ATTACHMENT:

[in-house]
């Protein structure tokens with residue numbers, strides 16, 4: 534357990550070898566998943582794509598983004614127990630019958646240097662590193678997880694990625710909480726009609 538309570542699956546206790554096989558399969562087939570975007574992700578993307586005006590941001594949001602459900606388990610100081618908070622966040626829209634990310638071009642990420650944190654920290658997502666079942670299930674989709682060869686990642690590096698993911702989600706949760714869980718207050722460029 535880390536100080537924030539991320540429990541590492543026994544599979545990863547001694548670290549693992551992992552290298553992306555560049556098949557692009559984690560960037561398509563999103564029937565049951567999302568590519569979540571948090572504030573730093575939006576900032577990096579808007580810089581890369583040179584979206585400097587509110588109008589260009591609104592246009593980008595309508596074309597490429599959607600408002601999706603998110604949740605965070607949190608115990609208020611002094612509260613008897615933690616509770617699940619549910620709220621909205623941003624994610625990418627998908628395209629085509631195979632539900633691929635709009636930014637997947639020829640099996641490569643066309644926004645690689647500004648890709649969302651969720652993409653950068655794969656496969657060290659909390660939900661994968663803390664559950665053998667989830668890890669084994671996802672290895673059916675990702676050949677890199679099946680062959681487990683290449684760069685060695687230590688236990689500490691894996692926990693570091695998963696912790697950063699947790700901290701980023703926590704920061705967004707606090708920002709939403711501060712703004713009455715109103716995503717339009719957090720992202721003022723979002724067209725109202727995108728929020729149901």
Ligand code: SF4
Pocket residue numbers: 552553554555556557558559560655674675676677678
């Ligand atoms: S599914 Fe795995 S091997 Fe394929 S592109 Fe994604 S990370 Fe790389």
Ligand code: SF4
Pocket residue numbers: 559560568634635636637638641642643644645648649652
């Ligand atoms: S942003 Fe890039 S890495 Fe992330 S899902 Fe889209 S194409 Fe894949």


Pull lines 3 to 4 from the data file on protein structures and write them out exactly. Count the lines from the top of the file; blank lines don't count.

Ligand code: SF4
Pocket residue numbers: 552553554555556557558559560655674675676677678